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PhD student realization, and characterization of electroacoustic RF components for gas detection H/F

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- Français-- Anglais

Date Limite Candidature : dimanche 28 mai 2023

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Informations générales

Intitulé de l'offre : PhD student realization, and characterization of electroacoustic RF components for gas detection H/F
Référence : UMR8520-BILHAF-002
Nombre de Postes : 1
Lieu de travail : VILLENEUVE D ASCQ
Date de publication : lundi 27 février 2023
Type de contrat : CDD Doctorant/Contrat doctoral
Durée du contrat : 36 mois
Date de début de la thèse : 2 octobre 2023
Quotité de travail : Temps complet
Rémunération : 2 135,00 € gross monthly
Section(s) CN : Micro and nanotechnologies, micro and nanosystems, photonics, electronics, electromagnetism, electrical energy

Description du sujet de thèse

The main mission of the future PhD student will be the design, the realization, and characterization of electroacoustic RF components for gas detection. Micro and nanofabrication processes will be optimized to make these components compatible with the integration of organic materials.

Contexte de travail

The analysis of volatile organic compounds (VOCs) extracted from human breath can provide a diagnosis of various biochemical molecules present in the human body. These VOCs can serve as potential biomarkers of physiological and physiopathological conditions related to several diseases. Respiratory VOC analysis, a reliable, non-invasive, and rapid biosurveillance approach, has potential for early detection and monitoring of the progress of several chronic inflammatory bowel diseases. Helicobacter pylori, or H. pylori, is a common bacterium that infects the inner lining of the stomach. This infection causes inflammation of the stomach (gastritis) and can cause digestive disorders (burning, pain). Biopsies are often essential for diagnosing this bacterium, monitoring it, and applying treatment. However, this method is uncomfortable, expensive, and especially subject to preoperative concerns.

The thesis subject 'SNIFFER' aims to develop an intelligent and autonomous tool capable of providing an initial solution in the detection and recognition of biomarkers such as CO2 and ammonia, two major molecules that are exhaled as a result of the urease reaction (an enzyme released by the H. pylori bacterium). A challenge for which no solution currently exists, allowing for rapid, real-time, and above all quantified and precise detection. The main objective of the thesis project is to design, manufacture and characterize surface acoustic wave (SAW) sensor arrays using low-cost methods for multivariate detection of low concentrations of biomarkers, which are key elements for diagnosing this disease and monitoring the evolution of patients during and after treatment.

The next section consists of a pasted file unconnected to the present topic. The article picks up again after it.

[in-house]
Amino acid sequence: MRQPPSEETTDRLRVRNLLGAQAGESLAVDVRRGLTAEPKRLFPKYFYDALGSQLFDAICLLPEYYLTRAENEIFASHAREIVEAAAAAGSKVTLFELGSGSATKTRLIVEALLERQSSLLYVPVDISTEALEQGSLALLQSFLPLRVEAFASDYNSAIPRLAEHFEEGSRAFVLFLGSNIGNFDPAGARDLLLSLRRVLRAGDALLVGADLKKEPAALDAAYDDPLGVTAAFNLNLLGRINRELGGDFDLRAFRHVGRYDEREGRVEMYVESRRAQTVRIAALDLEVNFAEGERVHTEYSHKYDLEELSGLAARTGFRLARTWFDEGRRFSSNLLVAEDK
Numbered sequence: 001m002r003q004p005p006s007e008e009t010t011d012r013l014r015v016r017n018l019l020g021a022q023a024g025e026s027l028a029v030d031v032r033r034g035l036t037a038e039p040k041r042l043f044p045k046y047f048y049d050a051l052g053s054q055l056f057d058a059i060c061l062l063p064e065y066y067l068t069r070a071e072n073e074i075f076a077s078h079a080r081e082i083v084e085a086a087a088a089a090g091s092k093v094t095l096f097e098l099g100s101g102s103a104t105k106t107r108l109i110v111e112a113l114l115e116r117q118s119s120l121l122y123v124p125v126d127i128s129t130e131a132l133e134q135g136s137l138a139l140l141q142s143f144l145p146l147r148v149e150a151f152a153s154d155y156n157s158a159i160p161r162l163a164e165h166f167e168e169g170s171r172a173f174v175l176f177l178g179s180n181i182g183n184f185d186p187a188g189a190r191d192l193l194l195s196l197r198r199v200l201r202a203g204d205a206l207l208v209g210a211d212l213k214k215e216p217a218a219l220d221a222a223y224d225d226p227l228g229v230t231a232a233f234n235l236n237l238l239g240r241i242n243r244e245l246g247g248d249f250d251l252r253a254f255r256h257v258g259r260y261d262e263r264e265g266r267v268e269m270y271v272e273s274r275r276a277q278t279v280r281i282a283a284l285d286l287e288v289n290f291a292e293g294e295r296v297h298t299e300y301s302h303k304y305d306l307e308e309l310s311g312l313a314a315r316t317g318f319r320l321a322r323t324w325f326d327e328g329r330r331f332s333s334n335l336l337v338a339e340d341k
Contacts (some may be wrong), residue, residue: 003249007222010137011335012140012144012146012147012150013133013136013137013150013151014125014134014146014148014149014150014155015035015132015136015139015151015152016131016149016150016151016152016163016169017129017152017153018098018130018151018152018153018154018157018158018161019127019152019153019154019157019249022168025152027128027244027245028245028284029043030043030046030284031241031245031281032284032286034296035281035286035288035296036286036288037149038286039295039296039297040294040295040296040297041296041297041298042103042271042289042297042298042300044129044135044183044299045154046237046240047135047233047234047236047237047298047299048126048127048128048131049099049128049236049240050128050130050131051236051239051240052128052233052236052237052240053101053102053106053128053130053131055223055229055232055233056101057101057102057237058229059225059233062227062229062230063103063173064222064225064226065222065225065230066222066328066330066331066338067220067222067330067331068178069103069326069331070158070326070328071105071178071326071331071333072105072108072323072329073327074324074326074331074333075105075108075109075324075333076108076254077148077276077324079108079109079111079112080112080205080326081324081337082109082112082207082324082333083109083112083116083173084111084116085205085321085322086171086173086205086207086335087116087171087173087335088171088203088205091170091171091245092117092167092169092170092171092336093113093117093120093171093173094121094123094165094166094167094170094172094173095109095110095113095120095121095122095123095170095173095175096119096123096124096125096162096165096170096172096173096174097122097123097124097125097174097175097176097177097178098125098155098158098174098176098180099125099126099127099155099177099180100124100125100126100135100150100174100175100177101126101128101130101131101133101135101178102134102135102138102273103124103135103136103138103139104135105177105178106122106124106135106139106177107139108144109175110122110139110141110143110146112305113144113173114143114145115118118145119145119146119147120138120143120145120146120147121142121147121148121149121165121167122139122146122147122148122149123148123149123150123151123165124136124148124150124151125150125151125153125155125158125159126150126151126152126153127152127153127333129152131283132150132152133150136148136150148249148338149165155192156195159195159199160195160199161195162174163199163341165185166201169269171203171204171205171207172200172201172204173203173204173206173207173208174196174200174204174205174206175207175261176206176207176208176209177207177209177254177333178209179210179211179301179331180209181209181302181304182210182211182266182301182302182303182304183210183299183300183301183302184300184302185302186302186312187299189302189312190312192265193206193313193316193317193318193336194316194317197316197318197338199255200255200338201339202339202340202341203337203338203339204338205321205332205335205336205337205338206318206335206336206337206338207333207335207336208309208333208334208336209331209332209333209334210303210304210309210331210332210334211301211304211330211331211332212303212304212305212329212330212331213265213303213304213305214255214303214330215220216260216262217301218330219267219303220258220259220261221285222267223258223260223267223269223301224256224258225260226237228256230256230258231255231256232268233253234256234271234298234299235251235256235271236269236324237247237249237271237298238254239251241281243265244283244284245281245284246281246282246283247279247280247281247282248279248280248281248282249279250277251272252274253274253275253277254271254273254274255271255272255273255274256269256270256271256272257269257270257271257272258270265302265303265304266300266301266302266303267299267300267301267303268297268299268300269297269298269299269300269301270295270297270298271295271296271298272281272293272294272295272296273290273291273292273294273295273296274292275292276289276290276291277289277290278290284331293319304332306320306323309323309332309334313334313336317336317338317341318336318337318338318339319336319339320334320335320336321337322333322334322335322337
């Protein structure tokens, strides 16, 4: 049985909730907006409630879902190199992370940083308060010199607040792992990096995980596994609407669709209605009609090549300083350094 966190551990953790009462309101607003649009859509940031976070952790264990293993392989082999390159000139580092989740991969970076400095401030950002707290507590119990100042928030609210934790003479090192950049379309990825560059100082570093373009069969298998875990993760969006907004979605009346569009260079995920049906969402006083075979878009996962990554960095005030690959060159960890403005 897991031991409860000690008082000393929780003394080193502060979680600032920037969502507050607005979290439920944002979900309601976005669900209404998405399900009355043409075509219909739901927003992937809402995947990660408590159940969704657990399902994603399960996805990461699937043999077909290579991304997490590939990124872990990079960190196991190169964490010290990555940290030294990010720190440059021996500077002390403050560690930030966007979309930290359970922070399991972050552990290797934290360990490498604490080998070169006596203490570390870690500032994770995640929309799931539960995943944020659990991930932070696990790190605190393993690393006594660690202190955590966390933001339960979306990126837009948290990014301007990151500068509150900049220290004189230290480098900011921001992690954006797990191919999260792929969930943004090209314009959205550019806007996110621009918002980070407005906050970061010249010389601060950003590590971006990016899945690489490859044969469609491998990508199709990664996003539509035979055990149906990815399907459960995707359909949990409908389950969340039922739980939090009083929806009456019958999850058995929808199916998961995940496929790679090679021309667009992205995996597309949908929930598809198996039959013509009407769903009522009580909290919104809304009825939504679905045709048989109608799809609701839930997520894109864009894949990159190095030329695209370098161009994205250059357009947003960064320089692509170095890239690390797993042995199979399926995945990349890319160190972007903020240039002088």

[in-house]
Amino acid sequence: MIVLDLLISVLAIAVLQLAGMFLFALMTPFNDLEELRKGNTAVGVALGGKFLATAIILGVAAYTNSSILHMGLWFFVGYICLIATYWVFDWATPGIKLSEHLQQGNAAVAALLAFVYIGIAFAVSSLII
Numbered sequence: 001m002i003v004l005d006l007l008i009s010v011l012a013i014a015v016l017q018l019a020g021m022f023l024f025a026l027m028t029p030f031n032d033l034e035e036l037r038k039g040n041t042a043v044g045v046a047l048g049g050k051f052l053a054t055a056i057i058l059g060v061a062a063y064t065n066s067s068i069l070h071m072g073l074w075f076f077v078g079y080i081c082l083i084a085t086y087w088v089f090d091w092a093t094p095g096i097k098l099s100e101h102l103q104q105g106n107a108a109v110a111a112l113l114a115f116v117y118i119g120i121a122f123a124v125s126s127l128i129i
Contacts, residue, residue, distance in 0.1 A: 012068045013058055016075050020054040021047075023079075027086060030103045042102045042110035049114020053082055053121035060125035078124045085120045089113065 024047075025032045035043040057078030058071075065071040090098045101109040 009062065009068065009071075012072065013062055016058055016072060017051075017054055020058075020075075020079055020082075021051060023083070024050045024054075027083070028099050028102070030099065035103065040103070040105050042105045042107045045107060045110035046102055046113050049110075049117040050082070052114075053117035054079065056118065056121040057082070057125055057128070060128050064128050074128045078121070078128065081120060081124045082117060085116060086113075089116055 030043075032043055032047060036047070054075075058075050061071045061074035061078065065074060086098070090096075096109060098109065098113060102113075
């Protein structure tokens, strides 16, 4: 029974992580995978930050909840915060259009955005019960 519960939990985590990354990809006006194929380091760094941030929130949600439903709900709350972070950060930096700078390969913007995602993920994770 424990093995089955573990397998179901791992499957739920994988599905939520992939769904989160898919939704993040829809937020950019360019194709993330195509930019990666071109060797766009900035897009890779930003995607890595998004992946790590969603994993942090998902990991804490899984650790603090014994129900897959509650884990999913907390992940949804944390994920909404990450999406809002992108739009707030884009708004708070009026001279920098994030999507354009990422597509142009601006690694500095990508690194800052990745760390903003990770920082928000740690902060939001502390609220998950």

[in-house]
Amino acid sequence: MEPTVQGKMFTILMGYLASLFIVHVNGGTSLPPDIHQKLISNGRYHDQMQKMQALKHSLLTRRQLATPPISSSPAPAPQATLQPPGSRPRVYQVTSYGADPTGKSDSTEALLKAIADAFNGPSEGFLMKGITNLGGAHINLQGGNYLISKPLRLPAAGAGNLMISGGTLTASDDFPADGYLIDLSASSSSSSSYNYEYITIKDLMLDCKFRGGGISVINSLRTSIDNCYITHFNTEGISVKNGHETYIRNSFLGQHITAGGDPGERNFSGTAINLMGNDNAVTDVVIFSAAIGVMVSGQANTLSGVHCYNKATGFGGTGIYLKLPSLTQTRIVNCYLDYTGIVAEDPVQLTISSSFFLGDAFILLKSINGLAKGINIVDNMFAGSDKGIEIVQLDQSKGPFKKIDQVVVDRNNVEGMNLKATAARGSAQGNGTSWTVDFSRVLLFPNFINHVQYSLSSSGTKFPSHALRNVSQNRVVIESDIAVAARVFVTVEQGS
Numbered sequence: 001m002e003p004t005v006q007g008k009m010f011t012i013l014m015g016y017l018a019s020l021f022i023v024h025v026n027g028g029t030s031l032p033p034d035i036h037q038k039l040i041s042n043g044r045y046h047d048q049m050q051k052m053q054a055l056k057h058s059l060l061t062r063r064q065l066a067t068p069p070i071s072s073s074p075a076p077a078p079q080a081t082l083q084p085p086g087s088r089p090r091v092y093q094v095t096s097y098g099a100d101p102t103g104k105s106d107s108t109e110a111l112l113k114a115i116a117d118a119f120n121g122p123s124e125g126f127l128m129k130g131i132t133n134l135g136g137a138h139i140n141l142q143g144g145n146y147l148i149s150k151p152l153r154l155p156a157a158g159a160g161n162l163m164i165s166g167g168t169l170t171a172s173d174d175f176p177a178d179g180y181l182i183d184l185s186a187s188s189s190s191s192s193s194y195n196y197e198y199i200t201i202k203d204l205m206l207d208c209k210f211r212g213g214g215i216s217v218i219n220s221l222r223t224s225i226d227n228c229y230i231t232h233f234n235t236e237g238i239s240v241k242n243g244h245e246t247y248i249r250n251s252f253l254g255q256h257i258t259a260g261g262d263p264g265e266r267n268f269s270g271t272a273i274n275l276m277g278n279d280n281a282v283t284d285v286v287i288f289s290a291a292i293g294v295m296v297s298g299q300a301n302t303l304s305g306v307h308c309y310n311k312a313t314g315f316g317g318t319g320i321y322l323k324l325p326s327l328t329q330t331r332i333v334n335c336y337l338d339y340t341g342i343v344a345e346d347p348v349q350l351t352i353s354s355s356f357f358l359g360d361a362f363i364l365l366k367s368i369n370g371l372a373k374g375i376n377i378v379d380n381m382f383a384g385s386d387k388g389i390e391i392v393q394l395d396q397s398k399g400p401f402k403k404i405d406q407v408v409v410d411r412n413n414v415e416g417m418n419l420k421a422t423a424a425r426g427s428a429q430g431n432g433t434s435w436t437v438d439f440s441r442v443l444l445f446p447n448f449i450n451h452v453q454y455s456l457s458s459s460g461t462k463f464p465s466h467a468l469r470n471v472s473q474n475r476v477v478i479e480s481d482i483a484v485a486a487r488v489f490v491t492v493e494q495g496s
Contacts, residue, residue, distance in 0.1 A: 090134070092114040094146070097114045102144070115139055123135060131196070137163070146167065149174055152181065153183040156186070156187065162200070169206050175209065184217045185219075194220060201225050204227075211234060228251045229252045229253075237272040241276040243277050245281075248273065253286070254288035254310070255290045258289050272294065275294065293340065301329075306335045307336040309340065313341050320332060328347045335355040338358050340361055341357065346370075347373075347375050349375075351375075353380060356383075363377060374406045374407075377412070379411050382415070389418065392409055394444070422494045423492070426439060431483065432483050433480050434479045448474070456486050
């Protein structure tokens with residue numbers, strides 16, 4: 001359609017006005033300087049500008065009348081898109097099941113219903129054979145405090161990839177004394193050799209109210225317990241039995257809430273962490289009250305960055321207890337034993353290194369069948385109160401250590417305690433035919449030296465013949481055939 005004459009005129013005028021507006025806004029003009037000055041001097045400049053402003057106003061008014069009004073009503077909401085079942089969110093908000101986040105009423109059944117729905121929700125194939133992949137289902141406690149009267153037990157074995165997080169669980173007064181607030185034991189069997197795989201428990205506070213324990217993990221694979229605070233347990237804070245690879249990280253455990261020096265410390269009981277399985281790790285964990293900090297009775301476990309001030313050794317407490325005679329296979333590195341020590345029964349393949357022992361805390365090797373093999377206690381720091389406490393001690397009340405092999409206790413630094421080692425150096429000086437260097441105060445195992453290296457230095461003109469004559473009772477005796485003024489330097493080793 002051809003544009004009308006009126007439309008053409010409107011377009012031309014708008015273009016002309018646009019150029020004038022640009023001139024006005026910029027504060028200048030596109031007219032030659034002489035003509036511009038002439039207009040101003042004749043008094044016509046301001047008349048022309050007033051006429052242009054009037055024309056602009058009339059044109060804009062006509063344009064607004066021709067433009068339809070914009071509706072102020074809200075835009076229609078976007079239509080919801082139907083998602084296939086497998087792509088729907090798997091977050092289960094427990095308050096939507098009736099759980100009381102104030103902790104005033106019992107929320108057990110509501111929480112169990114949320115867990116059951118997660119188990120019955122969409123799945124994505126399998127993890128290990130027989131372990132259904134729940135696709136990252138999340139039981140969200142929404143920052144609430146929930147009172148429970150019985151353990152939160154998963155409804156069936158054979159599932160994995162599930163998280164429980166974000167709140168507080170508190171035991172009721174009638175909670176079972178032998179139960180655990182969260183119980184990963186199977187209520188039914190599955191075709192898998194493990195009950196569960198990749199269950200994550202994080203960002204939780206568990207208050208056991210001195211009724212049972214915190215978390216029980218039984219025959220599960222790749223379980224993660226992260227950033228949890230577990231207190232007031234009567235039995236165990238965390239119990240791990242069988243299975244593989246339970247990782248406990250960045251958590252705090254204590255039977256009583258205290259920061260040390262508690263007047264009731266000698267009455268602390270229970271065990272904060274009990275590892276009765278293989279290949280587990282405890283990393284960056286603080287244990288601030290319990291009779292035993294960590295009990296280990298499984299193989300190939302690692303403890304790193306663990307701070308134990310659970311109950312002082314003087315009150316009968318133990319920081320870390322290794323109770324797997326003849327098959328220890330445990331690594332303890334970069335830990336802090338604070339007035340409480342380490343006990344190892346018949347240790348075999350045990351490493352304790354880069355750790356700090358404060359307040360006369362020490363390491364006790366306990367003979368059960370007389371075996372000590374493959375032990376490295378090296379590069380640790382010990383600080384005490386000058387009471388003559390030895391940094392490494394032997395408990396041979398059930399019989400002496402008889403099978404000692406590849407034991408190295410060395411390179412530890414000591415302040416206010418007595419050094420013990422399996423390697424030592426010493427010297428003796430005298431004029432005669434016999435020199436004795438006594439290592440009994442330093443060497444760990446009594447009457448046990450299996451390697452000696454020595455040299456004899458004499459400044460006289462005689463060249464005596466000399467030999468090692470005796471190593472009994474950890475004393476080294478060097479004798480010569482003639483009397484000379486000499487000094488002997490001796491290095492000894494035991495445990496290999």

Within the laboratory, the main mission of the doctoral candidate will be to develop innovative organic material-based surface acoustic wave sensors. Research work will therefore focus on the combination of the recognition properties of molecularly imprinted polymers with surface acoustic wave devices in the form of delay lines or resonators. The electrical performance of these sensors manufactured in IEMN laboratory will subsequently be evaluated in terms of their sensitivity and selectivity, as well as their stability over time, reproducibility, and ease of implementation. The fabrication of these devices faces two major challenges:

One of them consists of defining the technological fabrication steps while taking into account the electrical and chemical properties related to the requirements of the operating conditions. The other consists of proposing a process flow that meets the requirements of interfacing these sensors. The second mission consists of designing and prototyping a multifunctional, miniaturized, communicating platform, and implementing embedded learning algorithms to ensure the processing of data from these sensors as well as clustering and quantifying target molecules.

The thesis subject therefore consists of research work with an applied character with focuses on organic electronics, capable of addressing the field of sensors at both the fundamental and technological levels, in a multidisciplinary context in contact with the academic and medical world.

The thesis will be carried out within the Institute of Electronics, Microelectronics and Nanotechnology (UMR CNRS 8520 - https://www.iemn.fr/en/). Located in Villeneuve D'Ascq in Lille metropolitan. The IEMN has more than 500 staff in its workforce, and the institute has a wide range of research activities ranging from physics to materials science, micro and nanotechnologies.

The thesis will be carried out in the NCM team under the direction of Professor Kamal Lmimouni and co-supervised by two young researchers, Dr. Bilel HAFSI, a teacher-researcher at the Institut Catholique d'Arts et Métiers (ICAM-Lille) and a member of the NCM team, and Dr. Clément Dumont, a teacher-researcher at ICAM Lille and a member of the Solid Catalysis and Chemistry Unit (UCCS) on the Cité Scientifique campus of the University of Lille.

Contraintes et risques

Travel between partner sites, as well as participation in conferences and workshops in France and abroad will be expected.